© Marcus Roberts with original research and contributions by Ian Holt. Trail and Project Kindly funded by the Heritage Lottery Fund


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By c. 1194, the Gloucester Jewry was extremely prosperous, almost certainly due to the military trade and ranked 5th out of a list of 21 Jewries in the Northampton Donum. A total of 22 members of the community were listed from the Gloucester community in the Donum. However, these good fortunes were not to last, as some of the military activities were shifted to Hereford. In 1216, military campaigns against Wales were transferred to Hereford. This permanently depressed the Gloucester Jewry and is evidenced in the 1223 tallage, where now Gloucester ranked fourteenth out of sixteen Jewries, with at Hereford fifth and Worcester fifteenth. The high placing of Hereford in the position previously enjoyed by Gloucester tells the story of Hereford's gain at Gloucester's loss.

However, while Gloucester was not to reach eminence again as a Jewry, the community was to continue in the city up to 1275. Members of the community continued in money lending and financial operations, though other members of the Jewish community would carry out a number of other limited trades and avocations as were available to them, and as such as were permitted to non-guild members. Much less is known from the records about these Jews, but we know that Jews traded in wine and cheese, and later in corn, wool and wood, or in unclaimed pledges from pawn-broking activities, worked as metal smiths, or even as mine specialists, or they would provide services for their own community, such as teachers, scholars, servants, bakers, slaughter-men, etc. there are other more exotic trades, for example at Norwich we encounter Diaia le Scalarius ('the ladder-maker').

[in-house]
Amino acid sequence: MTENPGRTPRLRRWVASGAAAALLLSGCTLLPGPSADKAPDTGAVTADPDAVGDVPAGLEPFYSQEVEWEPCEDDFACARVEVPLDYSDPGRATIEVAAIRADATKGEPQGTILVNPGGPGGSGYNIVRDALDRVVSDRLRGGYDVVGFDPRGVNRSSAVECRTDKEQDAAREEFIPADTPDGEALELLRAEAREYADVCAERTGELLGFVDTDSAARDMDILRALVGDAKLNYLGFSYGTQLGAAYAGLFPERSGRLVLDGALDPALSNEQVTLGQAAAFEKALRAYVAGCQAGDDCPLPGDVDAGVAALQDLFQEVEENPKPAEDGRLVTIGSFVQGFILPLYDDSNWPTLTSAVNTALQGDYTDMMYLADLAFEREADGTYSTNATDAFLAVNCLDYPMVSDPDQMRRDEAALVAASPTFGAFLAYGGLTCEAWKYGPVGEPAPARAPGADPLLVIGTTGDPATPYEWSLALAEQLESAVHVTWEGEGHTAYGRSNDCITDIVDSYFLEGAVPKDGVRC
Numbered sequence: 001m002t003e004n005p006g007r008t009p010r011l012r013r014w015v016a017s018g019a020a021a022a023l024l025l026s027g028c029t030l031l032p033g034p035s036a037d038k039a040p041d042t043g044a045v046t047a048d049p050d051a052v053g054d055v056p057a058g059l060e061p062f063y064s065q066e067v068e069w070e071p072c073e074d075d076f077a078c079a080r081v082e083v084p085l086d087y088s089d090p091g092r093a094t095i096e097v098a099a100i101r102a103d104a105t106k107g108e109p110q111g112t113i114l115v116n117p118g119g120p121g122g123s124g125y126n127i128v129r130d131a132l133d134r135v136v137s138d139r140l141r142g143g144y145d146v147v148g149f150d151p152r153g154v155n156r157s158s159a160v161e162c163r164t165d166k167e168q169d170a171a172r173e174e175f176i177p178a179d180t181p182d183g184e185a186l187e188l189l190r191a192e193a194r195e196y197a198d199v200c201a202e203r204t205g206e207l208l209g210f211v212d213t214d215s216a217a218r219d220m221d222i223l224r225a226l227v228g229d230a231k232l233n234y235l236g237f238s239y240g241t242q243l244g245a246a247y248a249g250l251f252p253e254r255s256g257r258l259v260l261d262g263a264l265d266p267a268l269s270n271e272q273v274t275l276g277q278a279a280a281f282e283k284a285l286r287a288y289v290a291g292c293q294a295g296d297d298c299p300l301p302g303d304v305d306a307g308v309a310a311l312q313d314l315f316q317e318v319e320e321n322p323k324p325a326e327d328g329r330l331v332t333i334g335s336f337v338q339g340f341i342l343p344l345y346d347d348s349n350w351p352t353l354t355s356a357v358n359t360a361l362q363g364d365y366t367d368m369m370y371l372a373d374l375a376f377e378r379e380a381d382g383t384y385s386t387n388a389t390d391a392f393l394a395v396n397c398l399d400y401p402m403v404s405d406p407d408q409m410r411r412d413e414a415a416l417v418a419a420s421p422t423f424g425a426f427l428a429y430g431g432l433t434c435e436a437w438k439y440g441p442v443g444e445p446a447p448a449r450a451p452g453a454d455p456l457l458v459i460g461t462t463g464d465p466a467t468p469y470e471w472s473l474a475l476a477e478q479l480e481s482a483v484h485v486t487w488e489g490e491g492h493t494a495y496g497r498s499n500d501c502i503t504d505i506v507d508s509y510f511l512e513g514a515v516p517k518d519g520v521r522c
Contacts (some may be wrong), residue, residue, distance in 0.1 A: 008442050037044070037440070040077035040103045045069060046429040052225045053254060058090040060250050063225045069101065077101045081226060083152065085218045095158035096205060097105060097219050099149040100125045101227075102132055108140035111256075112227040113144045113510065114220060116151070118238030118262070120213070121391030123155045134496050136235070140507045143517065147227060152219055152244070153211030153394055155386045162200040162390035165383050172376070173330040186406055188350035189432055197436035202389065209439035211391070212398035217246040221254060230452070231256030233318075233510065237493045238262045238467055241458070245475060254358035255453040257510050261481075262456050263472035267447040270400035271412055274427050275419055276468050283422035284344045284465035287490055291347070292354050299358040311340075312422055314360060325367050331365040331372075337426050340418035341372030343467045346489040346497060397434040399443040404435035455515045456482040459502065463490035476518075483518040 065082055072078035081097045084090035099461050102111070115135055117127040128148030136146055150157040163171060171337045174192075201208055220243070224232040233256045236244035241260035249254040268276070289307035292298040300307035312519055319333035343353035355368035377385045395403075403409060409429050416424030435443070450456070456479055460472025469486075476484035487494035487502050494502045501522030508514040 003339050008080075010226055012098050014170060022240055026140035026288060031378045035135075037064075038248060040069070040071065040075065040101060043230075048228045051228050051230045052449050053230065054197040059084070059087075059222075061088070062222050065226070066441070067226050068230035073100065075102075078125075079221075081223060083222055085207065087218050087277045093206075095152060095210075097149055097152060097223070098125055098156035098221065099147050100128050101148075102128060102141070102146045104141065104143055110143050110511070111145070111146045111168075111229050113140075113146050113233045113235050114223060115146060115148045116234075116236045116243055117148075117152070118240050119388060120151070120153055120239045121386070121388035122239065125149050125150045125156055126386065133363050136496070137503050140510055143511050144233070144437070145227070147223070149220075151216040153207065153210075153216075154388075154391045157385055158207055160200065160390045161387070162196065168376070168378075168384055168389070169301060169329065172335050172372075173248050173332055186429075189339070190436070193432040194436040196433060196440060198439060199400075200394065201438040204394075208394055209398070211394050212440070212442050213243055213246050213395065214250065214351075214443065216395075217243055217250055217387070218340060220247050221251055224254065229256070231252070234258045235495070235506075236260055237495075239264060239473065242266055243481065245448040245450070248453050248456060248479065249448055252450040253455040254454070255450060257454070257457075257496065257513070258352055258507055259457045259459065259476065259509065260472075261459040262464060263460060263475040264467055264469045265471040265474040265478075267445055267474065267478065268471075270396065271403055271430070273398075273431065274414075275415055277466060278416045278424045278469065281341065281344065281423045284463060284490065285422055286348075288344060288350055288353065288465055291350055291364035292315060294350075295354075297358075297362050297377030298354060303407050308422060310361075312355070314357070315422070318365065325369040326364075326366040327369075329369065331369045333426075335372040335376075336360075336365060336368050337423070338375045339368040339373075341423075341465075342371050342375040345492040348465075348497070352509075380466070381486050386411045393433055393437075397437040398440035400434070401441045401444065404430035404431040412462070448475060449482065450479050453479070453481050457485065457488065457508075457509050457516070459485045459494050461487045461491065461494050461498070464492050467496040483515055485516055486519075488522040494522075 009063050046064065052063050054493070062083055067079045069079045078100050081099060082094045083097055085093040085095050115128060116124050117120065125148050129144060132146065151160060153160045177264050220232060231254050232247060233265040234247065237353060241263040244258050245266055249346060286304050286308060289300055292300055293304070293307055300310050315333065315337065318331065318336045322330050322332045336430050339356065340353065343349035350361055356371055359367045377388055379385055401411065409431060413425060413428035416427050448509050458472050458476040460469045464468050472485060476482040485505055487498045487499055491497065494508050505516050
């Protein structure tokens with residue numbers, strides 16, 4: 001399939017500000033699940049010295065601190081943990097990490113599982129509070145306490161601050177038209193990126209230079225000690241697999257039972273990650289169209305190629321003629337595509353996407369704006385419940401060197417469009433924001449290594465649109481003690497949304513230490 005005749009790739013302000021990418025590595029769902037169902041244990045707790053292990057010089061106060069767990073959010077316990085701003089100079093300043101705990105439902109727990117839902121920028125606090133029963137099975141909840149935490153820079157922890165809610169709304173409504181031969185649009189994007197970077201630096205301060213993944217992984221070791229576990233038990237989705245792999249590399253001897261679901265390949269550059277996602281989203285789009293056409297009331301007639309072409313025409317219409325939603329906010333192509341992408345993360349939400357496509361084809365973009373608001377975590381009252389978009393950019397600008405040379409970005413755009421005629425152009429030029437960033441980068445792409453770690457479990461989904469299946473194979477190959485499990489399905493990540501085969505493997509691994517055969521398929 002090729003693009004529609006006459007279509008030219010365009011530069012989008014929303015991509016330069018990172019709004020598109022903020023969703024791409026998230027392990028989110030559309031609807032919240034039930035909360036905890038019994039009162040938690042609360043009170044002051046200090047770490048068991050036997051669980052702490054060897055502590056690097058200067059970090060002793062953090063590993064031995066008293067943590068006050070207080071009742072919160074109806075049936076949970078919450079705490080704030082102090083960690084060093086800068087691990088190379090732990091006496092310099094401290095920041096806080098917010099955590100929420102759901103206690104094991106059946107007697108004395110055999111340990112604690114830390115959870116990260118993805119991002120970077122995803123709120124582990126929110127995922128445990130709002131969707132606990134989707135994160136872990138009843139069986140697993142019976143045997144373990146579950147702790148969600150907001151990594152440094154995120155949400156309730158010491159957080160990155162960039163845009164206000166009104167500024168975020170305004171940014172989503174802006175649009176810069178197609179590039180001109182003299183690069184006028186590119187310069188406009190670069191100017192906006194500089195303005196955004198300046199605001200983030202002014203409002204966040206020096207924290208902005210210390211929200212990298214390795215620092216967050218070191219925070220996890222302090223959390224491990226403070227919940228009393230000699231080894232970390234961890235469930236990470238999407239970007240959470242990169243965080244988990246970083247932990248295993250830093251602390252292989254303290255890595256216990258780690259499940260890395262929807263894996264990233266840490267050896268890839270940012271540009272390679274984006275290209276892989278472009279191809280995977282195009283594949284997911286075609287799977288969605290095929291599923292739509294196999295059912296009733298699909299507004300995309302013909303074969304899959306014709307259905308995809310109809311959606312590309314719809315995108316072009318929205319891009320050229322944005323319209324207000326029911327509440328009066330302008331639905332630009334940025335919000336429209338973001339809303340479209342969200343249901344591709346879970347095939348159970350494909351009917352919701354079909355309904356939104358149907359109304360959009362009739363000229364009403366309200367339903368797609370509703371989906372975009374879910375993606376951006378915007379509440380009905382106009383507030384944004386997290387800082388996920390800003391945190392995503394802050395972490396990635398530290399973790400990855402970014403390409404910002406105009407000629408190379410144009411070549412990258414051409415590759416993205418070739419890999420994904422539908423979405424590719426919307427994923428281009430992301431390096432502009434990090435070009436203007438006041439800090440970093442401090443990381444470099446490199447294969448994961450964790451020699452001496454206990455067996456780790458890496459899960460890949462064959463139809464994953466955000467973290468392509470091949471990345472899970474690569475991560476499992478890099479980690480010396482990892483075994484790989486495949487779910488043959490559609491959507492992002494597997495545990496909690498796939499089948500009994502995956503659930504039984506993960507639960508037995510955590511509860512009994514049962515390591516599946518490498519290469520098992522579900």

The community, which only comprised a small number of households in the 13th century, lived in a small Jewish quarter right in the centre of city in the East Gate. The East Gate was originally called Jewry Street (at least up to 1314) due the presence of the Jewish community. There were in the 13th century about 12 principal dwellings (1239), with other minor dwellings for the poorest members of the community. Most houses of the Jews were clustered around this area, with the most important members of the community closest to the High Cross in the very centre of city, but away from the areas with the most unpleasant and smelly trades. There was a synagogue with a large attached Curia, or 'court', which contained all or most of the Jewish communal facilities, an arrangement similar to that in the German Jewish communities and parallel to Jew's Court in Lincoln.

The Jewish quarter was a residential area, with a concentration of Jewish residents, but as was the case in the rest of England, was not a ghetto and Jews often had Christian neighbours. The local Jewish population would live in a variety of housing suitable for their rank and income - the poorest would often live in virtual hovels, the middle-classes would live in stone and wood houses, while the richest members of the community would live in fine stone houses - medieval first floor halls with palatial features such as chimneys and glass in the windows. One of the leaders of the medieval community was Bonenfaunt ('Good-Child'), who lived in his 'great house' close to the Synagogue.

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